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Book reflection: Rich Gold’s The Plenitude

April 3, 2012 1 comment

my Rich Gold style portrait of Rich Gold


Rich Gold “authored” The Plenitude: Creativity, Innovation, and Making Stuff in 2007, four years after his premature death. Rich created things for organizations that included Xerox PARC, Mattel, and Sega. The book was drawn together by his colleague John Maeda and his wife Marina LaPalma from extensive notes, drawings, and other materials created by Rich. “The Plenitude” refers to the stuff in the world created by people—an early example from the book exemplifies its scope and complexity through the thousands of things in a kitchen, from utensils, to appliances to manufactured food items. The book discusses four disciplines that “have created about 95 percent of the Plenitude”, seven patterns of innovation common to the disciplines, and a great many examples that probe the nature, morality, consequences, and future of the Plenitude.

I first read The Plenitude in 2009, when I was looking for books to use as a common book for my NSF-sponsored Research Experience for Undergrads (REU) program. Steve Harrison, one of Rich’s colleagues at PARC, pointed me to the book. (One of his favorite Rich Gold metaphors is his “wet-damp-dry” model for the field of human-computer interaction.) It immediately struck me as a highly readable book, but one that students could pick up at many times during their careers for reflection—a great book for undergrads considering possible career paths. It was short and highly visual, but rich in discussion topics.

my Rich Gold style representation of Rich Gold's creative hats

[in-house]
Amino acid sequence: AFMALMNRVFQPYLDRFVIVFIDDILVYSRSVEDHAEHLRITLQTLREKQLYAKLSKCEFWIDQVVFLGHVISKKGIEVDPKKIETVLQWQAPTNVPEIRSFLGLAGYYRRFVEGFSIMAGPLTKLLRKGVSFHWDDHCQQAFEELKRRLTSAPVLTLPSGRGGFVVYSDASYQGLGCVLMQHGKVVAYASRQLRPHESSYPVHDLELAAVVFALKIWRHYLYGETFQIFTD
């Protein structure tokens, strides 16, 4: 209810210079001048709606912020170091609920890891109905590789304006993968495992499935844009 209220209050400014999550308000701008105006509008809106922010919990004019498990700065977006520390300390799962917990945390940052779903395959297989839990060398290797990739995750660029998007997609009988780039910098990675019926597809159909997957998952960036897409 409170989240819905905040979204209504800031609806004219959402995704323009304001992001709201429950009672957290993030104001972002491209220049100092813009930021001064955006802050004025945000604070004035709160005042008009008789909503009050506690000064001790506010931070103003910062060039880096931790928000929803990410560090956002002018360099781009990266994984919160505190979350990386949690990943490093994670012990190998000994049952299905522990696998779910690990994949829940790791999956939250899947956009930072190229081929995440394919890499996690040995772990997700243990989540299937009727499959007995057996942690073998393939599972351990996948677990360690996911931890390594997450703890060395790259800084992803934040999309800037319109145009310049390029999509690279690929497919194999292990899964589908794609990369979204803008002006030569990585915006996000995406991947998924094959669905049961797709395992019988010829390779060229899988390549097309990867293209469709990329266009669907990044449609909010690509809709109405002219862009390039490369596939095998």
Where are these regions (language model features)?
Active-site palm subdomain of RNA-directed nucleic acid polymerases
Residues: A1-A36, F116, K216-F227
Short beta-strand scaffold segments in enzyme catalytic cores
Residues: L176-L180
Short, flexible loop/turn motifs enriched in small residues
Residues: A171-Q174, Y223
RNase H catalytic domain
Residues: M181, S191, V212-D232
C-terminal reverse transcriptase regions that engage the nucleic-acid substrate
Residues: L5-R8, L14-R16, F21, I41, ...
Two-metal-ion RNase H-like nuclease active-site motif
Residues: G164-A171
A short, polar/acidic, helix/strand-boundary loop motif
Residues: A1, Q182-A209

In his book, Rich describes four creative hats that he’s worn, corresponding to his four core disciplines of art, science, design, and engineering, arranged in a matrix. His many talks resulted in two very different reactions: people walking up to the matrix and pointing to their place on it, and an insistence by people that it was not possible to position themselves on the matrix as they cannot be “put in a square in a box”. It was similar to design/science/engineering models used by many others (including me) to reflect about technology—and it’s been a source of tension and progress in the human-computer interactions community of late.

Rich also outlines seven shared patterns of innovation that he describes as common methods across the four disciplines: necessity is the mother of invention, it’s a thing of genius, the Big Kahuna, the future exists, colonization (find the unowned; package it; sell it back), stuff desires to be better stuff, and change the definition. Rich provides definitions and examples for each: e.g., Weiser’s ubiquitous computing vision is a Big Kahuna, expensive video baseball games (compared to virtually free real baseball) exemplify colonization.

There are lots of other examples that I’ll let the interested reader cover. But Rich closes the book with a quote from his PARC colleague Stu Card that bears repeating: “We should be careful to make the world we actually want to live in.” Seems like a good closing!

Categories: Book reviews